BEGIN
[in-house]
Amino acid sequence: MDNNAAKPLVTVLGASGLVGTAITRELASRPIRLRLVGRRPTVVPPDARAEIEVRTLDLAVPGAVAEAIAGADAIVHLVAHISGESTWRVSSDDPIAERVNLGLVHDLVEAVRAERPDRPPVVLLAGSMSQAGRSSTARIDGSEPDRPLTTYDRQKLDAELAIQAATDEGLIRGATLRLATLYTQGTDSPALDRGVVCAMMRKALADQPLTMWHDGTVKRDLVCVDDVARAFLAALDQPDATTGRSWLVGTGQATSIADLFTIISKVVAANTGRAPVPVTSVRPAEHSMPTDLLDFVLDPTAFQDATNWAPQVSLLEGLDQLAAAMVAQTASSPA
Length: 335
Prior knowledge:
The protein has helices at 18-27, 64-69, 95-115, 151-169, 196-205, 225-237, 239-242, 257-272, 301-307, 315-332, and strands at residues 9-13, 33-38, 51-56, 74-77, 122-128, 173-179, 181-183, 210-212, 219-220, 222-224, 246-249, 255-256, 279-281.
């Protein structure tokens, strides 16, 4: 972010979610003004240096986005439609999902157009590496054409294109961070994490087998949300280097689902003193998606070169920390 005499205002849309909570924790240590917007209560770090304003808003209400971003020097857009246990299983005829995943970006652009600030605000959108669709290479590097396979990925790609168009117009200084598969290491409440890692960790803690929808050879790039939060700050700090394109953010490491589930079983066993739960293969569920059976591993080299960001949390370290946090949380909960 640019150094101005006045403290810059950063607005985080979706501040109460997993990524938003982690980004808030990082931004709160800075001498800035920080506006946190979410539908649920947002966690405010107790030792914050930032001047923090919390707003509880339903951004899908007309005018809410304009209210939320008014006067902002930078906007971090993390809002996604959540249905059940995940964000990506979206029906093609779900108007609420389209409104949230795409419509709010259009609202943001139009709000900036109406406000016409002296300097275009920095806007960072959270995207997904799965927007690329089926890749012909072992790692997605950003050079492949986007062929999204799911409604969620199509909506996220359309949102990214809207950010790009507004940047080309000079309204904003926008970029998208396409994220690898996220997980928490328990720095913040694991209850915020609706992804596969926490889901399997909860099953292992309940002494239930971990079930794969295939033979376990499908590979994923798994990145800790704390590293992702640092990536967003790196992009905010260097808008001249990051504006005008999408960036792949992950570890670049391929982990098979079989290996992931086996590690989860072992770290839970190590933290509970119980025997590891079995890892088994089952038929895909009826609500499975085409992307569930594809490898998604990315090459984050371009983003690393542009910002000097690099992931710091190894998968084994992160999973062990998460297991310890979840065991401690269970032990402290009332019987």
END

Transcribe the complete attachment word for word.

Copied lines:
[in-house]
Amino acid sequence: MDNNAAKPLVTVLGASGLVGTAITRELASRPIRLRLVGRRPTVVPPDARAEIEVRTLDLAVPGAVAEAIAGADAIVHLVAHISGESTWRVSSDDPIAERVNLGLVHDLVEAVRAERPDRPPVVLLAGSMSQAGRSSTARIDGSEPDRPLTTYDRQKLDAELAIQAATDEGLIRGATLRLATLYTQGTDSPALDRGVVCAMMRKALADQPLTMWHDGTVKRDLVCVDDVARAFLAALDQPDATTGRSWLVGTGQATSIADLFTIISKVVAANTGRAPVPVTSVRPAEHSMPTDLLDFVLDPTAFQDATNWAPQVSLLEGLDQLAAAMVAQTASSPA
Length: 335
Prior knowledge:
The protein has helices at 18-27, 64-69, 95-115, 151-169, 196-205, 225-237, 239-242, 257-272, 301-307, 315-332, and strands at residues 9-13, 33-38, 51-56, 74-77, 122-128, 173-179, 181-183, 210-212, 219-220, 222-224, 246-249, 255-256, 279-281.
């Protein structure tokens, strides 16, 4: 972010979610003004240096986005439609999902157009590496054409294109961070994490087998949300280097689902003193998606070169920390 005499205002849309909570924790240590917007209560770090304003808003209400971003020097857009246990299983005829995943970006652009600030605000959108669709290479590097396979990925790609168009117009200084598969290491409440890692960790803690929808050879790039939060700050700090394109953010490491589930079983066993739960293969569920059976591993080299960001949390370290946090949380909960 640019150094101005006045403290810059950063607005985080979706501040109460997993990524938003982690980004808030990082931004709160800075001498800035920080506006946190979410539908649920947002966690405010107790030792914050930032001047923090919390707003509880339903951004899908007309005018809410304009209210939320008014006067902002930078906007971090993390809002996604959540249905059940995940964000990506979206029906093609779900108007609420389209409104949230795409419509709010259009609202943001139009709000900036109406406000016409002296300097275009920095806007960072959270995207997904799965927007690329089926890749012909072992790692997605950003050079492949986007062929999204799911409604969620199509909506996220359309949102990214809207950010790009507004940047080309000079309204904003926008970029998208396409994220690898996220997980928490328990720095913040694991209850915020609706992804596969926490889901399997909860099953292992309940002494239930971990079930794969295939033979376990499908590979994923798994990145800790704390590293992702640092990536967003790196992009905010260097808008001249990051504006005008999408960036792949992950570890670049391929982990098979079989290996992931086996590690989860072992770290839970190590933290509970119980025997590891079995890892088994089952038929895909009826609500499975085409992307569930594809490898998604990315090459984050371009983003690393542009910002000097690099992931710091190894998968084994992160999973062990998460297991310890979840065991401690269970032990402290009332019987």